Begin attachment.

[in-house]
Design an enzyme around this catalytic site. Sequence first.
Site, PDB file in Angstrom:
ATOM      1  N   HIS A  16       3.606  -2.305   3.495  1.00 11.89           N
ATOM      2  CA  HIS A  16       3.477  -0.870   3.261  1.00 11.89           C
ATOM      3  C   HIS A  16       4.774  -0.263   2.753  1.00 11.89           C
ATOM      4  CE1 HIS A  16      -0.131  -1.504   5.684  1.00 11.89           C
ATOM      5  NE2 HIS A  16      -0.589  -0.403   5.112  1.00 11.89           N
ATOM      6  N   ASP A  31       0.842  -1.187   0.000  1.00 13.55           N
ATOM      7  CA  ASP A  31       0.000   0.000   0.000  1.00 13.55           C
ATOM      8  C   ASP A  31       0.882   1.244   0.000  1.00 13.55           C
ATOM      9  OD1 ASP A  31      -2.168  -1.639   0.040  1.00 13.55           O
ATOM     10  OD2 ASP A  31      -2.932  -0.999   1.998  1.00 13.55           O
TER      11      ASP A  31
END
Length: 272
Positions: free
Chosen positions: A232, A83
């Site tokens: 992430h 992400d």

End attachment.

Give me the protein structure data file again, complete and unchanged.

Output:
[in-house]
Design an enzyme around this catalytic site. Sequence first.
Site, PDB file in Angstrom:
ATOM      1  N   HIS A  16       3.606  -2.305   3.495  1.00 11.89           N
ATOM      2  CA  HIS A  16       3.477  -0.870   3.261  1.00 11.89           C
ATOM      3  C   HIS A  16       4.774  -0.263   2.753  1.00 11.89           C
ATOM      4  CE1 HIS A  16      -0.131  -1.504   5.684  1.00 11.89           C
ATOM      5  NE2 HIS A  16      -0.589  -0.403   5.112  1.00 11.89           N
ATOM      6  N   ASP A  31       0.842  -1.187   0.000  1.00 13.55           N
ATOM      7  CA  ASP A  31       0.000   0.000   0.000  1.00 13.55           C
ATOM      8  C   ASP A  31       0.882   1.244   0.000  1.00 13.55           C
ATOM      9  OD1 ASP A  31      -2.168  -1.639   0.040  1.00 13.55           O
ATOM     10  OD2 ASP A  31      -2.932  -0.999   1.998  1.00 13.55           O
TER      11      ASP A  31
END
Length: 272
Positions: free
Chosen positions: A232, A83
């Site tokens: 992430h 992400d």